The 2022 Competition: Now Open for Submissions
This year, as the International Children’s Picture Book Award opens its second biennial round of competition, the theme is “The World Is Your Oyster and Ours.”
“‘The world is your oyster,’ says Tuấn, “is often said to be an encouragement. We want this year’s theme first to be a gentle reminder for authors, illustrators, readers, and children–a reminder of their own abilities in real life.
“Given the award, our theme goes a little further. Picture books open up possibilities for writers, illustrators, and readers. Wearing a different hat, each will have his or her own way to access that realm of possibilities.
“Writers and illustrators are encouraged to create and experiment with various possibilities in their work. At the same time, the theme is directed at children and readers, motivating them to explore and experience the possibilities that picture books bring.
“This year’s theme ‘The World Is Your Oyster and Ours’ is designed to motivate people, big and small, to move forward with possibilities not only in picture books but also in their lives, including, but not limited to, entering the competition.”
Eligibility and a Tip to Entrants
Writers and illustrators preparing entries now for the 2022 award can be of any nationality but must be 18 or older. Their manuscripts, focused on readers 10 and younger, should have no more than 1,000 words of text and should run to no more than 64 pages.
“New perspectives, new angles, and new styles always draw my attention, and they’re welcome because they contribute to the endless possibilities in picture books.”Trịnh Minh Tuấn, Ehomebooks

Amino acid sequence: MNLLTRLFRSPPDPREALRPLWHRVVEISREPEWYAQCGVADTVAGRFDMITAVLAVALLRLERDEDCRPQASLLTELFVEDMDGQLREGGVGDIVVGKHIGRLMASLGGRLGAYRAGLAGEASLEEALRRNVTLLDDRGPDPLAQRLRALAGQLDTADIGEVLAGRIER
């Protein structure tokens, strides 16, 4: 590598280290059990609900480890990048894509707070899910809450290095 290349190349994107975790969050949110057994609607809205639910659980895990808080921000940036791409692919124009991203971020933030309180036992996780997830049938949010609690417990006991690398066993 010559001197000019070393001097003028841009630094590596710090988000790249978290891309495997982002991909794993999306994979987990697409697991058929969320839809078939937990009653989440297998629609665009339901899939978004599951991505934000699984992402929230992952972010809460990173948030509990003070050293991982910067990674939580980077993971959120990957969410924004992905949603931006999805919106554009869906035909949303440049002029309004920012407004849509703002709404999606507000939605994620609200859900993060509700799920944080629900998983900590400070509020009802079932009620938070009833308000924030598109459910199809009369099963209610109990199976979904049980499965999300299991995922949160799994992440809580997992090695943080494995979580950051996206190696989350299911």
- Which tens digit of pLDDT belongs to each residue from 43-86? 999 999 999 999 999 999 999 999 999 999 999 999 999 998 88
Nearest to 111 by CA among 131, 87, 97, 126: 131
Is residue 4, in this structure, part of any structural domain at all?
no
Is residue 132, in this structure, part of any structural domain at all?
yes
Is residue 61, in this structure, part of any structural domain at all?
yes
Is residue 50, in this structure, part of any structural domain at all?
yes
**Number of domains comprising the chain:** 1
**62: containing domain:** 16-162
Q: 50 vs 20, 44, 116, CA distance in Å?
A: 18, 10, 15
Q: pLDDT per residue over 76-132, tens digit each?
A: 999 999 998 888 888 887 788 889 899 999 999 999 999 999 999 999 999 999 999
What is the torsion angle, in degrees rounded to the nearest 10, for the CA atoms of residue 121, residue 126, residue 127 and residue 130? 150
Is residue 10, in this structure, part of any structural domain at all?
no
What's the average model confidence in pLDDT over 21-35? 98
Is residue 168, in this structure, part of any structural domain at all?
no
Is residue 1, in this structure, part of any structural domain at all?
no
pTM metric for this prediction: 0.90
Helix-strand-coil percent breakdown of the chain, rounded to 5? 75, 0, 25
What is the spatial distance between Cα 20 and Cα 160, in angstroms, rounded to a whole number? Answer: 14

This year’s purses are offered at US$2,000 for the top Best Picture Book Award, with an extra $1,000 to buy and donate copies as the winner sees fit. In the Best Story and Best Illustration categories, there’s a prize of US$1,000 each, with an additional $500 each for buying and donating copies.
In each case, a publishing contract with Ehomebooks is included–and that may, of course, be the most valuable part of each prize to an emerging writer or illustrator.
Full details on entering this year’s program are here.
And we’ve asked Tuấn in Hanoi what the 2020 competition has indicated that a hopeful author or illustrator should concentrate on, he says, “Make yourself stand out in the crowd by showing us something new, unique, fresh–as this year’s theme invites. New perspectives, new angles, and new styles always draw my attention, and they’re welcome because they contribute to the endless possibilities in picture books.”
He’s also aware, however, of the individual artistry that goes into each entry, and wants to be careful not to risk unduly influencing an entrant: “I think this is enough advice,” he says. “I had better not say anything more as my experience and opinion will somehow affect or limit the participants in terms of creativity, imagination, and possibilities.
“This year’s theme leaves the door open for free interpretation and expression, and so should I.”
This is Publishing Perspectives’ 85th awards-related report produced in the 89 publication days since our 2022 operations began on January 3.
More from Publishing Perspectives on children’s books is here, more on publishing and book awards is here, more from us on Vietnam’s market is here, and more on the publishing industry in Asia is here.